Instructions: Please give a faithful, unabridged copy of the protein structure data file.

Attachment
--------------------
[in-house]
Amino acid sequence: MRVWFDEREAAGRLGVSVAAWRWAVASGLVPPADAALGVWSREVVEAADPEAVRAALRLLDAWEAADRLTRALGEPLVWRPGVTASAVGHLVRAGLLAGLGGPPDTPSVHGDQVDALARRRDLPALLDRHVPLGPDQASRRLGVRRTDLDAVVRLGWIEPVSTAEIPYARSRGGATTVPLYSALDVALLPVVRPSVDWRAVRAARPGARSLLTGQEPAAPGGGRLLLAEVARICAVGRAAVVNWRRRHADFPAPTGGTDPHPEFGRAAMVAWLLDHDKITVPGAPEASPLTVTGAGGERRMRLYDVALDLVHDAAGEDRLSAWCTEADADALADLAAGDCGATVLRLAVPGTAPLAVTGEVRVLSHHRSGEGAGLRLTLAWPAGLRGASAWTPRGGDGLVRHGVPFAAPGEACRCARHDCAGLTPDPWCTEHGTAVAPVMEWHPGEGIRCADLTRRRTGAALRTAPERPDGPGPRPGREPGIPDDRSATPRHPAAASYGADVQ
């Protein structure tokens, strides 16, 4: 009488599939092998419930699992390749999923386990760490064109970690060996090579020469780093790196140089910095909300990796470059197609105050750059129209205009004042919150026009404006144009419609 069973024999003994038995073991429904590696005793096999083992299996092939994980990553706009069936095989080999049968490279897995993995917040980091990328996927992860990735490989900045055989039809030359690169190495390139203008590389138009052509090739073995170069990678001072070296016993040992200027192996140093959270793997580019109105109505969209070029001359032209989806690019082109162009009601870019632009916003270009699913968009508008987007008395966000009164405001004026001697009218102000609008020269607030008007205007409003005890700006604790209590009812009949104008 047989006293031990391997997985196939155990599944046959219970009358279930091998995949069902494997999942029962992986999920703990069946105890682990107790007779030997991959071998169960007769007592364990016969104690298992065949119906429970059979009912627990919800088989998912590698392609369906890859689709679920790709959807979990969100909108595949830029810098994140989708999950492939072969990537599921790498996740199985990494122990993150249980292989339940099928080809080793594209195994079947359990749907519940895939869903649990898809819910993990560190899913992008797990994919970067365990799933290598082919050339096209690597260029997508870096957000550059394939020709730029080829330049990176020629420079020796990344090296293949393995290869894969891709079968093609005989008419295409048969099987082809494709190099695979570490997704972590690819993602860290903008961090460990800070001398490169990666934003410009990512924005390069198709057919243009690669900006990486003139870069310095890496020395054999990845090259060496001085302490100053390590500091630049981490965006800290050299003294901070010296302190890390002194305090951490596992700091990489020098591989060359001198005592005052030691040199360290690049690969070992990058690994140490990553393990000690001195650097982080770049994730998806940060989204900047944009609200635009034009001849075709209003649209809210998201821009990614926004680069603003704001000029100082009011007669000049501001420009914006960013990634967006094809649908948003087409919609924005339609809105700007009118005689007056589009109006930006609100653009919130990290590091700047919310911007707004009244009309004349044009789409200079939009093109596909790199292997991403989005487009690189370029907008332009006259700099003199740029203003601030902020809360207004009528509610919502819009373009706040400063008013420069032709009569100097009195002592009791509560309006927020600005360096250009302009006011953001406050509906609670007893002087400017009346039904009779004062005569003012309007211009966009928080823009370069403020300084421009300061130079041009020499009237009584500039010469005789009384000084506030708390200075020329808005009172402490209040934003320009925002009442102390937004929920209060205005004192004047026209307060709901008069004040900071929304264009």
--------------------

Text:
[in-house]
Amino acid sequence: MRVWFDEREAAGRLGVSVAAWRWAVASGLVPPADAALGVWSREVVEAADPEAVRAALRLLDAWEAADRLTRALGEPLVWRPGVTASAVGHLVRAGLLAGLGGPPDTPSVHGDQVDALARRRDLPALLDRHVPLGPDQASRRLGVRRTDLDAVVRLGWIEPVSTAEIPYARSRGGATTVPLYSALDVALLPVVRPSVDWRAVRAARPGARSLLTGQEPAAPGGGRLLLAEVARICAVGRAAVVNWRRRHADFPAPTGGTDPHPEFGRAAMVAWLLDHDKITVPGAPEASPLTVTGAGGERRMRLYDVALDLVHDAAGEDRLSAWCTEADADALADLAAGDCGATVLRLAVPGTAPLAVTGEVRVLSHHRSGEGAGLRLTLAWPAGLRGASAWTPRGGDGLVRHGVPFAAPGEACRCARHDCAGLTPDPWCTEHGTAVAPVMEWHPGEGIRCADLTRRRTGAALRTAPERPDGPGPRPGREPGIPDDRSATPRHPAAASYGADVQ
């Protein structure tokens, strides 16, 4: 009488599939092998419930699992390749999923386990760490064109970690060996090579020469780093790196140089910095909300990796470059197609105050750059129209205009004042919150026009404006144009419609 069973024999003994038995073991429904590696005793096999083992299996092939994980990553706009069936095989080999049968490279897995993995917040980091990328996927992860990735490989900045055989039809030359690169190495390139203008590389138009052509090739073995170069990678001072070296016993040992200027192996140093959270793997580019109105109505969209070029001359032209989806690019082109162009009601870019632009916003270009699913968009508008987007008395966000009164405001004026001697009218102000609008020269607030008007205007409003005890700006604790209590009812009949104008 047989006293031990391997997985196939155990599944046959219970009358279930091998995949069902494997999942029962992986999920703990069946105890682990107790007779030997991959071998169960007769007592364990016969104690298992065949119906429970059979009912627990919800088989998912590698392609369906890859689709679920790709959807979990969100909108595949830029810098994140989708999950492939072969990537599921790498996740199985990494122990993150249980292989339940099928080809080793594209195994079947359990749907519940895939869903649990898809819910993990560190899913992008797990994919970067365990799933290598082919050339096209690597260029997508870096957000550059394939020709730029080829330049990176020629420079020796990344090296293949393995290869894969891709079968093609005989008419295409048969099987082809494709190099695979570490997704972590690819993602860290903008961090460990800070001398490169990666934003410009990512924005390069198709057919243009690669900006990486003139870069310095890496020395054999990845090259060496001085302490100053390590500091630049981490965006800290050299003294901070010296302190890390002194305090951490596992700091990489020098591989060359001198005592005052030691040199360290690049690969070992990058690994140490990553393990000690001195650097982080770049994730998806940060989204900047944009609200635009034009001849075709209003649209809210998201821009990614926004680069603003704001000029100082009011007669000049501001420009914006960013990634967006094809649908948003087409919609924005339609809105700007009118005689007056589009109006930006609100653009919130990290590091700047919310911007707004009244009309004349044009789409200079939009093109596909790199292997991403989005487009690189370029907008332009006259700099003199740029203003601030902020809360207004009528509610919502819009373009706040400063008013420069032709009569100097009195002592009791509560309006927020600005360096250009302009006011953001406050509906609670007893002087400017009346039904009779004062005569003012309007211009966009928080823009370069403020300084421009300061130079041009020499009237009584500039010469005789009384000084506030708390200075020329808005009172402490209040934003320009925002009442102390937004929920209060205005004192004047026209307060709901008069004040900071929304264009």